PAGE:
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Venona Project and Vassiliev Notebooks Index and Concordance

This index and concordance indexes twenty-one volumes of KGB archival material: nine notebooks written by Alexander Vassiliev and twelve compilations of the Soviet international telegraphic cables deciphered by the US National Security Agency’s Venona project.

Venona Project and Vassiliev Notebooks Index and Concordance

Index and Concordance [PDF, 2.96 MB]


This index and concordance indexes twenty-one volumes of KGB archival material: nine notebooks written by Alexander Vassiliev and twelve compilations of the Soviet international telegraphic cables deciphered by the US National Security Agency’s Venona project. Indexed are proper names, cover names, and organizational titles along with some geographic entities, events, diplomatic conferences, and subjects.  When known, cover names are cross-indexed with the real name behind the cover name.  Brief biographical or explanatory information is provided for significant figures, tradecraft terminology is defined, and obscure abbreviations expanded.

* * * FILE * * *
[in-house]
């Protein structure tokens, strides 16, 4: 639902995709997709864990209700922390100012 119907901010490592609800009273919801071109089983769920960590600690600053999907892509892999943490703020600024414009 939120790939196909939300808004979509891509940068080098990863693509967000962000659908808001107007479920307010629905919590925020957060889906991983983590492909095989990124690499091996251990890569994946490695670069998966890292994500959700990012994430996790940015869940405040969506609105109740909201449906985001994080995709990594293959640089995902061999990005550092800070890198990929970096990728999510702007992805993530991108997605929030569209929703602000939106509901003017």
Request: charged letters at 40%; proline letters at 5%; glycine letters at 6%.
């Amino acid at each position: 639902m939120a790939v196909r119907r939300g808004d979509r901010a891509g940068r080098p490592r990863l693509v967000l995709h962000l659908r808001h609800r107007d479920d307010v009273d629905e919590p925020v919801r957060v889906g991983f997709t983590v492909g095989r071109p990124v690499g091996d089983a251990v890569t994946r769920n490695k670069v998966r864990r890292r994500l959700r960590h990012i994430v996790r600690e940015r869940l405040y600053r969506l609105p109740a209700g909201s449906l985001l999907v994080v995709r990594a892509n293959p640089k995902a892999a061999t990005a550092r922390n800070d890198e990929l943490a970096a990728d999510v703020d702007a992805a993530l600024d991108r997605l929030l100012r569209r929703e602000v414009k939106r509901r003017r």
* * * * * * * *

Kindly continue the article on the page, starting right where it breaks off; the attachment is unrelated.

Alexander Vassiliev’s notebooks

The original Vassiliev notebooks, handwritten in Russian, are held in the Manuscript Division of the Library of Congress.[1]  Scanned versions of the notebooks along with transcriptions into word-processed Cyrillic Russian and translations into English are available on the CWIHP Digital Archive. All three versions have identical pagination.  The Russian transcriptions and the English translations are electronically searchable.  This index/concordance indexes the English translations.  

The Venona Decryptions